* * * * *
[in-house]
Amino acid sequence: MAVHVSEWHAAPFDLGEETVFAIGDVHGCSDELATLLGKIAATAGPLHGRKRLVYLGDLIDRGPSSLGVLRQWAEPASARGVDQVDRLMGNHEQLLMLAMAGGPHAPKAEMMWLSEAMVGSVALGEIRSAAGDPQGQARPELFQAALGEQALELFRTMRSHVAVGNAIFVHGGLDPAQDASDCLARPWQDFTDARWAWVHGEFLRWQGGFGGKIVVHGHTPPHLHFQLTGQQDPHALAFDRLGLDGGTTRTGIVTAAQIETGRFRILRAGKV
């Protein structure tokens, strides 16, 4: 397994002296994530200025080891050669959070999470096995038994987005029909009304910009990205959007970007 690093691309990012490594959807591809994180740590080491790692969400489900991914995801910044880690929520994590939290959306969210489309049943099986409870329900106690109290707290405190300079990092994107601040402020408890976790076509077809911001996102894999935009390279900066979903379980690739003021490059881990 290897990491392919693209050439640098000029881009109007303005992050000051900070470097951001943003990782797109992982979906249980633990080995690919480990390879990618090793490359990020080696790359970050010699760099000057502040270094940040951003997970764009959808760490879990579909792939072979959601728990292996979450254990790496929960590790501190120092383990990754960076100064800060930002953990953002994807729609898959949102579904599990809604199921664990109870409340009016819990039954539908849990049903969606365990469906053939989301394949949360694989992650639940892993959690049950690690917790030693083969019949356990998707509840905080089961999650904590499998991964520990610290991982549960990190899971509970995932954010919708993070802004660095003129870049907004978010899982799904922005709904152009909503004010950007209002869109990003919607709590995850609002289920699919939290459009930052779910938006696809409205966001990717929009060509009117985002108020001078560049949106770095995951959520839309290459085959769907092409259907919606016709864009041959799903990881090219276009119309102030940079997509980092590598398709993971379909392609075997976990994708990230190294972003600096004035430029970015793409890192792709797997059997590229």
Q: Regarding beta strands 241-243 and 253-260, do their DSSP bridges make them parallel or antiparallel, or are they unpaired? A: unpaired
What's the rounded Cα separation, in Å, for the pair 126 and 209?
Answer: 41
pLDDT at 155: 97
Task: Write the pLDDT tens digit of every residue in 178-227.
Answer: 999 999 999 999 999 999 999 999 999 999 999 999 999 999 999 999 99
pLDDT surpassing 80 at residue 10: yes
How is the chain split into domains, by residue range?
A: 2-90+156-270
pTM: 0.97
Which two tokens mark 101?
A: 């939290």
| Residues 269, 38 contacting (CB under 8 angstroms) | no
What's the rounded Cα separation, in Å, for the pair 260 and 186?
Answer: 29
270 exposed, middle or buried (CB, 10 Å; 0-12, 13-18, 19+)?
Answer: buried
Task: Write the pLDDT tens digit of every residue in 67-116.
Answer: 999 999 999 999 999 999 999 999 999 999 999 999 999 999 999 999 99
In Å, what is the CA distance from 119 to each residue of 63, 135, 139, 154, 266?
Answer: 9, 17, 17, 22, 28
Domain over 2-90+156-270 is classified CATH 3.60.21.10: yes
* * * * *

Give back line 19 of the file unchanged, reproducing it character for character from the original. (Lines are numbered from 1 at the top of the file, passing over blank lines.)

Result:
270 exposed, middle or buried (CB, 10 Å; 0-12, 13-18, 19+)?